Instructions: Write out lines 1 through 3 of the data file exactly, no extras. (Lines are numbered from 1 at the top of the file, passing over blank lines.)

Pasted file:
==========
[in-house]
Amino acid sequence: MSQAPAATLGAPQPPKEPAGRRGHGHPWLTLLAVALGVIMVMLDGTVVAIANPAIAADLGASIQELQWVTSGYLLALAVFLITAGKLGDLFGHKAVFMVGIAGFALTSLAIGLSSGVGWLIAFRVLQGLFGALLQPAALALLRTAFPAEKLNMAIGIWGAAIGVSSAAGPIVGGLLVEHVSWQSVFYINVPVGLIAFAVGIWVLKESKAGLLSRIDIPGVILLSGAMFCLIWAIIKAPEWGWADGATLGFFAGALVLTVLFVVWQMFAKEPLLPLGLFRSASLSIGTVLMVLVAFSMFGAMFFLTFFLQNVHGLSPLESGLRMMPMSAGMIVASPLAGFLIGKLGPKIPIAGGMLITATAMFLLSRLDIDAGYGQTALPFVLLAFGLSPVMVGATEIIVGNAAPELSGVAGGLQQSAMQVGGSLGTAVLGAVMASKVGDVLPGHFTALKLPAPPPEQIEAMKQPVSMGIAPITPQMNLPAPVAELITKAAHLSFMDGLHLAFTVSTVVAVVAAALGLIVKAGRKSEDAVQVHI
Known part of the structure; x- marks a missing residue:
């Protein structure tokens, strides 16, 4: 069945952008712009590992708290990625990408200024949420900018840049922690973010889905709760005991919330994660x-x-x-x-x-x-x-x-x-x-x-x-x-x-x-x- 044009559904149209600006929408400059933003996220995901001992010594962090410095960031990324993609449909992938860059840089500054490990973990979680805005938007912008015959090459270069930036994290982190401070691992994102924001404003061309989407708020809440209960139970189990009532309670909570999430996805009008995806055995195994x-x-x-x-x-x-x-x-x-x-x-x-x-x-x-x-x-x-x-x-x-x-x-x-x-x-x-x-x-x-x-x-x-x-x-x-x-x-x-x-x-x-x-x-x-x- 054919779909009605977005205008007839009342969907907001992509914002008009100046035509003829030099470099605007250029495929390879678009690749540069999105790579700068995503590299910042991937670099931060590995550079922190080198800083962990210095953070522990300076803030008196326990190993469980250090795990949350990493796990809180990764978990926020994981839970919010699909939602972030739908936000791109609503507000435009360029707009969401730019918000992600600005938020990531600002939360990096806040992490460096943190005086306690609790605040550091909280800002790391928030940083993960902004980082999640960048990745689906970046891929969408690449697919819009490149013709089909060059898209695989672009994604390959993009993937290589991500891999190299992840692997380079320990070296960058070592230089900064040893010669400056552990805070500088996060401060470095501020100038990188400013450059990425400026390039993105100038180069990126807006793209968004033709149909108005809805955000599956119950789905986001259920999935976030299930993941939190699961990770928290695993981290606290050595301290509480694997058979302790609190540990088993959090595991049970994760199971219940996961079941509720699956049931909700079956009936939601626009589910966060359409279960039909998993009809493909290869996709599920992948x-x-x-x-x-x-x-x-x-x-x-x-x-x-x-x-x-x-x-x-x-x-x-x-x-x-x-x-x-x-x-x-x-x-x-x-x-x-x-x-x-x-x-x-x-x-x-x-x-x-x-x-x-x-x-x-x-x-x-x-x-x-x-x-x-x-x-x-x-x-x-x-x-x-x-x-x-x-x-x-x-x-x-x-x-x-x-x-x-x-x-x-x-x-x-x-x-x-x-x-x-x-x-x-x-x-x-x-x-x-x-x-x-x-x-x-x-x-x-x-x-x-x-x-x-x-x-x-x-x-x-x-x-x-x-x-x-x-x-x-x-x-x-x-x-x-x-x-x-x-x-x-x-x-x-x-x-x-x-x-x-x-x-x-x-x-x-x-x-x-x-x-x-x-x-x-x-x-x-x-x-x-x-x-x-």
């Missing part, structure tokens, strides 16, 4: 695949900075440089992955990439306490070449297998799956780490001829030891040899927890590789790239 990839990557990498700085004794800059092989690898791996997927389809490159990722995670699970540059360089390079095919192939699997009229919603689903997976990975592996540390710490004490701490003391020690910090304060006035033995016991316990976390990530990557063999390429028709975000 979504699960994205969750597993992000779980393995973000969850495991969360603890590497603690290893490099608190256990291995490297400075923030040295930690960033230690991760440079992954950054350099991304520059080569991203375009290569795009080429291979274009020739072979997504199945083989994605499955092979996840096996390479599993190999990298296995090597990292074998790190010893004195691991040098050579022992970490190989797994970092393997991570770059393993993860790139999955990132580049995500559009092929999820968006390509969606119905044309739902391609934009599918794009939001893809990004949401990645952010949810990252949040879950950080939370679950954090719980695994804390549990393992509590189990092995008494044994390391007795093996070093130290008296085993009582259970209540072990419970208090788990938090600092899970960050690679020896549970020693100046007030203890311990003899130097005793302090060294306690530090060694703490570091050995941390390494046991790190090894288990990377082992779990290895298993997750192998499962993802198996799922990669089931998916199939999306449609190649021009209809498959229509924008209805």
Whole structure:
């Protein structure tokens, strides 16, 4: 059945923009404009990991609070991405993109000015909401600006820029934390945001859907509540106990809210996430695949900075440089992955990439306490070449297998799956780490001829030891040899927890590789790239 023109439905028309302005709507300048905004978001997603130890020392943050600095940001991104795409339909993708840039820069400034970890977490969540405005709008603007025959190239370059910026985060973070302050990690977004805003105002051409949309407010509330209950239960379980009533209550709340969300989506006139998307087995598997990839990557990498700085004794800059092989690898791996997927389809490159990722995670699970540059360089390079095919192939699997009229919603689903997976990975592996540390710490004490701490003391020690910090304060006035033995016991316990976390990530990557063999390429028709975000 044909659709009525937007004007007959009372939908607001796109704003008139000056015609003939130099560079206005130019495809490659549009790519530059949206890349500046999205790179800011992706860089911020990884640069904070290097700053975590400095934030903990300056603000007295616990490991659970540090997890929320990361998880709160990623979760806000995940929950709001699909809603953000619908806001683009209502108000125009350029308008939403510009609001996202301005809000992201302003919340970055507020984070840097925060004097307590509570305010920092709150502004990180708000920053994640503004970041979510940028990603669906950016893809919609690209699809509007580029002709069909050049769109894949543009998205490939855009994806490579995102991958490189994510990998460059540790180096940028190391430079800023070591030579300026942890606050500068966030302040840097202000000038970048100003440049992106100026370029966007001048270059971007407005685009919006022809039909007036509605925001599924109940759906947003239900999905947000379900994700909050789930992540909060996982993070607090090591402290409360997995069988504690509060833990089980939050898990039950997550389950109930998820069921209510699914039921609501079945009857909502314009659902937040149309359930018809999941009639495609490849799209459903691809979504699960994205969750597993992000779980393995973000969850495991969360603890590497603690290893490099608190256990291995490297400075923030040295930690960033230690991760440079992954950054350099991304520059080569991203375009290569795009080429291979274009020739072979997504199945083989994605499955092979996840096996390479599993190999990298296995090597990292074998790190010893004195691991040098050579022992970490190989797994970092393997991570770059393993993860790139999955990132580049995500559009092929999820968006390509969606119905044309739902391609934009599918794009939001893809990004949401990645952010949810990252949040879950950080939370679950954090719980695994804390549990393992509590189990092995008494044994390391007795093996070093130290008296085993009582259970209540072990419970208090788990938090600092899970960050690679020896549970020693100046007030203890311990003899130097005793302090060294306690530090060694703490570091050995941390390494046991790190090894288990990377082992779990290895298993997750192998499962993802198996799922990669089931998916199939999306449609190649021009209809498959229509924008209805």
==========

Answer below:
[in-house]
Amino acid sequence: MSQAPAATLGAPQPPKEPAGRRGHGHPWLTLLAVALGVIMVMLDGTVVAIANPAIAADLGASIQELQWVTSGYLLALAVFLITAGKLGDLFGHKAVFMVGIAGFALTSLAIGLSSGVGWLIAFRVLQGLFGALLQPAALALLRTAFPAEKLNMAIGIWGAAIGVSSAAGPIVGGLLVEHVSWQSVFYINVPVGLIAFAVGIWVLKESKAGLLSRIDIPGVILLSGAMFCLIWAIIKAPEWGWADGATLGFFAGALVLTVLFVVWQMFAKEPLLPLGLFRSASLSIGTVLMVLVAFSMFGAMFFLTFFLQNVHGLSPLESGLRMMPMSAGMIVASPLAGFLIGKLGPKIPIAGGMLITATAMFLLSRLDIDAGYGQTALPFVLLAFGLSPVMVGATEIIVGNAAPELSGVAGGLQQSAMQVGGSLGTAVLGAVMASKVGDVLPGHFTALKLPAPPPEQIEAMKQPVSMGIAPITPQMNLPAPVAELITKAAHLSFMDGLHLAFTVSTVVAVVAAALGLIVKAGRKSEDAVQVHI
Known part of the structure; x- marks a missing residue: